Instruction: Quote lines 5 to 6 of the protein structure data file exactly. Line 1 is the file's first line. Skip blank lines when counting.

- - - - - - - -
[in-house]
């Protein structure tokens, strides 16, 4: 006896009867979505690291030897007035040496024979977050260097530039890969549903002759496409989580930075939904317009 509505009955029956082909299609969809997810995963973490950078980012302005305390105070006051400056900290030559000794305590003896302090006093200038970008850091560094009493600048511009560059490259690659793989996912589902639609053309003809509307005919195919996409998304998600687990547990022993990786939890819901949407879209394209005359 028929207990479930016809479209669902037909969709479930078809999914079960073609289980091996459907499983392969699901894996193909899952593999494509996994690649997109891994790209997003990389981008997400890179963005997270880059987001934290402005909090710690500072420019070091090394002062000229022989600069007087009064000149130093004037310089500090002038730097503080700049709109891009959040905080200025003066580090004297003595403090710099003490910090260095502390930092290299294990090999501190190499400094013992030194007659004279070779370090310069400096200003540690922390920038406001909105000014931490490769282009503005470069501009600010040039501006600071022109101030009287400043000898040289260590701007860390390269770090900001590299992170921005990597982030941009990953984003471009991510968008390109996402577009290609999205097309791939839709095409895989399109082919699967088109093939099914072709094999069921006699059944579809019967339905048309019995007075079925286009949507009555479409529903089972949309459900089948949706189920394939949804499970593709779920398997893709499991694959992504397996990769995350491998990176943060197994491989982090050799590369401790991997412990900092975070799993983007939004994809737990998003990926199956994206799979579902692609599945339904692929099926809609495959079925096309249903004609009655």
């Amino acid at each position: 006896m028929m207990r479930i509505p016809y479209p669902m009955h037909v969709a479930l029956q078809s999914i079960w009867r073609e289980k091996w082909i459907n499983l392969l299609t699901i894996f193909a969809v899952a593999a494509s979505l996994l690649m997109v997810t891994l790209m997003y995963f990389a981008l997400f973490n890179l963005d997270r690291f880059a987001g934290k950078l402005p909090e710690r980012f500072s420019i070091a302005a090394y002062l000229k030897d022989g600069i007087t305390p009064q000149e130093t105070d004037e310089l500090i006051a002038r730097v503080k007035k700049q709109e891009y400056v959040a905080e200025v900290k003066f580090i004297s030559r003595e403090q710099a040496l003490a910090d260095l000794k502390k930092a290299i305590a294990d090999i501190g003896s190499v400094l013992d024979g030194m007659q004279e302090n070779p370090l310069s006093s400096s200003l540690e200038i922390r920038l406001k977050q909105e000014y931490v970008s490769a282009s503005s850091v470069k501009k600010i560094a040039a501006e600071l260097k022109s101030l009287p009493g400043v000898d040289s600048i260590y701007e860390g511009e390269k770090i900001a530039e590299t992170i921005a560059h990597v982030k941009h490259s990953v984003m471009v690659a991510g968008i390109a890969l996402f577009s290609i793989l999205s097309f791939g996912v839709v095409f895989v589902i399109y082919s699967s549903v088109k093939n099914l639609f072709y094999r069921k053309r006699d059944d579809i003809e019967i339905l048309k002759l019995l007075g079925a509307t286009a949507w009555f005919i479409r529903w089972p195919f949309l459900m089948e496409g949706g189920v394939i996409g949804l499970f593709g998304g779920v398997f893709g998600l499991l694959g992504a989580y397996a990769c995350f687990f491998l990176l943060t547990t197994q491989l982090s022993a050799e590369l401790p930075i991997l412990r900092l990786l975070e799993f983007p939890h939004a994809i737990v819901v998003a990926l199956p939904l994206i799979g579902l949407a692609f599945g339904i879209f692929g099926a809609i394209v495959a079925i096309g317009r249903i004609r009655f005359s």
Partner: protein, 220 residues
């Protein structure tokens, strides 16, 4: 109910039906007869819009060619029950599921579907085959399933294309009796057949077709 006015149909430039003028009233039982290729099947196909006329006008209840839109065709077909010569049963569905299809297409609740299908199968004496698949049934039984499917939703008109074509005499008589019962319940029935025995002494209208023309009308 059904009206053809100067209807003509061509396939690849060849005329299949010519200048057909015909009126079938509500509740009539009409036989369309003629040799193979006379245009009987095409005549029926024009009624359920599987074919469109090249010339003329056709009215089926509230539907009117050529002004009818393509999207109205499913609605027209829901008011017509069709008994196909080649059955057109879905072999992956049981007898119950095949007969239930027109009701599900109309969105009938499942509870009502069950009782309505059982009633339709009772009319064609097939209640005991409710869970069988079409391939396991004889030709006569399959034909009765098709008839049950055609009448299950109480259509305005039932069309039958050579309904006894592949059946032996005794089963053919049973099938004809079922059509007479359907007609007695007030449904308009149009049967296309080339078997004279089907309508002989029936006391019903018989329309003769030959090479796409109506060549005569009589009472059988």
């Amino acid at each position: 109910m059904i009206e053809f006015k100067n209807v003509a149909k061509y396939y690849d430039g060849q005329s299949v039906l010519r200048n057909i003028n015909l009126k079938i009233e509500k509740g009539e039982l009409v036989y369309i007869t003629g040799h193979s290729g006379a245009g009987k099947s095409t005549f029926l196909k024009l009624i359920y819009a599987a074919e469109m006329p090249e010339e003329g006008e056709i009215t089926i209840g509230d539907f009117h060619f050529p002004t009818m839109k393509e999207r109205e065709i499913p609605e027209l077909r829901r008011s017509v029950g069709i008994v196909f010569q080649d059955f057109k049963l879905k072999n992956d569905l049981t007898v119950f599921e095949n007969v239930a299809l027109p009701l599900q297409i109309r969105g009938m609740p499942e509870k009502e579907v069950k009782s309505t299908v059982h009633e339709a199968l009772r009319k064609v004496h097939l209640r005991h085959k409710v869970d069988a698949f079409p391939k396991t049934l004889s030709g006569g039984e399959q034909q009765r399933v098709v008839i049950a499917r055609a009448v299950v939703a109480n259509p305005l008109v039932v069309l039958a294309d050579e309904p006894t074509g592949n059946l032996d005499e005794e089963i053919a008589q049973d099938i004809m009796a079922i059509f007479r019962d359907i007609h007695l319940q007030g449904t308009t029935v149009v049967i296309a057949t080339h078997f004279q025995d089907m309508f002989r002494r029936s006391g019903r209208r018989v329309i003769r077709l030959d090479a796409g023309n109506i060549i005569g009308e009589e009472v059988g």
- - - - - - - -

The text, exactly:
């Protein structure tokens, strides 16, 4: 109910039906007869819009060619029950599921579907085959399933294309009796057949077709 006015149909430039003028009233039982290729099947196909006329006008209840839109065709077909010569049963569905299809297409609740299908199968004496698949049934039984499917939703008109074509005499008589019962319940029935025995002494209208023309009308 059904009206053809100067209807003509061509396939690849060849005329299949010519200048057909015909009126079938509500509740009539009409036989369309003629040799193979006379245009009987095409005549029926024009009624359920599987074919469109090249010339003329056709009215089926509230539907009117050529002004009818393509999207109205499913609605027209829901008011017509069709008994196909080649059955057109879905072999992956049981007898119950095949007969239930027109009701599900109309969105009938499942509870009502069950009782309505059982009633339709009772009319064609097939209640005991409710869970069988079409391939396991004889030709006569399959034909009765098709008839049950055609009448299950109480259509305005039932069309039958050579309904006894592949059946032996005794089963053919049973099938004809079922059509007479359907007609007695007030449904308009149009049967296309080339078997004279089907309508002989029936006391019903018989329309003769030959090479796409109506060549005569009589009472059988």
């Amino acid at each position: 109910m059904i009206e053809f006015k100067n209807v003509a149909k061509y396939y690849d430039g060849q005329s299949v039906l010519r200048n057909i003028n015909l009126k079938i009233e509500k509740g009539e039982l009409v036989y369309i007869t003629g040799h193979s290729g006379a245009g009987k099947s095409t005549f029926l196909k024009l009624i359920y819009a599987a074919e469109m006329p090249e010339e003329g006008e056709i009215t089926i209840g509230d539907f009117h060619f050529p002004t009818m839109k393509e999207r109205e065709i499913p609605e027209l077909r829901r008011s017509v029950g069709i008994v196909f010569q080649d059955f057109k049963l879905k072999n992956d569905l049981t007898v119950f599921e095949n007969v239930a299809l027109p009701l599900q297409i109309r969105g009938m609740p499942e509870k009502e579907v069950k009782s309505t299908v059982h009633e339709a199968l009772r009319k064609v004496h097939l209640r005991h085959k409710v869970d069988a698949f079409p391939k396991t049934l004889s030709g006569g039984e399959q034909q009765r399933v098709v008839i049950a499917r055609a009448v299950v939703a109480n259509p305005l008109v039932v069309l039958a294309d050579e309904p006894t074509g592949n059946l032996d005499e005794e089963i053919a008589q049973d099938i004809m009796a079922i059509f007479r019962d359907i007609h007695l319940q007030g449904t308009t029935v149009v049967i296309a057949t080339h078997f004279q025995d089907m309508f002989r002494r029936s006391g019903r209208r018989v329309i003769r077709l030959d090479a796409g023309n109506i060549i005569g009308e009589e009472v059988g």